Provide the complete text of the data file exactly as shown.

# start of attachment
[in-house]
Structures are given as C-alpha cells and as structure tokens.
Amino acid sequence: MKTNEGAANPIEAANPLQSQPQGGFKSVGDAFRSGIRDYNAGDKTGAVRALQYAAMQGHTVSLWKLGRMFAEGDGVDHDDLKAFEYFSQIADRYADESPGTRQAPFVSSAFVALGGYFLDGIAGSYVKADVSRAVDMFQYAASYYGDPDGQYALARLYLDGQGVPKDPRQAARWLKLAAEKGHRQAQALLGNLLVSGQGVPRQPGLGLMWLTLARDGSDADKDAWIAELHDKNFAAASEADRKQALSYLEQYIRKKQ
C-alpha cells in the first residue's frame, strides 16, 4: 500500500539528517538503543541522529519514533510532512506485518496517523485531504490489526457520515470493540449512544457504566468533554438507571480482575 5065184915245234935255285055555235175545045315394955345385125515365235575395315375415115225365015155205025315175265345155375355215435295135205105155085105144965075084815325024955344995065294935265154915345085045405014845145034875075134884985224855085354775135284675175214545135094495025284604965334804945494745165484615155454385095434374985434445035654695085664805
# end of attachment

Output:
[in-house]
Structures are given as C-alpha cells and as structure tokens.
Amino acid sequence: MKTNEGAANPIEAANPLQSQPQGGFKSVGDAFRSGIRDYNAGDKTGAVRALQYAAMQGHTVSLWKLGRMFAEGDGVDHDDLKAFEYFSQIADRYADESPGTRQAPFVSSAFVALGGYFLDGIAGSYVKADVSRAVDMFQYAASYYGDPDGQYALARLYLDGQGVPKDPRQAARWLKLAAEKGHRQAQALLGNLLVSGQGVPRQPGLGLMWLTLARDGSDADKDAWIAELHDKNFAAASEADRKQALSYLEQYIRKKQ
C-alpha cells in the first residue's frame, strides 16, 4: 500500500539528517538503543541522529519514533510532512506485518496517523485531504490489526457520515470493540449512544457504566468533554438507571480482575 5065184915245234935255285055555235175545045315394955345385125515365235575395315375415115225365015155205025315175265345155375355215435295135205105155085105144965075084815325024955344995065294935265154915345085045405014845145034875075134884985224855085354775135284675175214545135094495025284604965334804945494745165484615155454385095434374985434445035654695085664805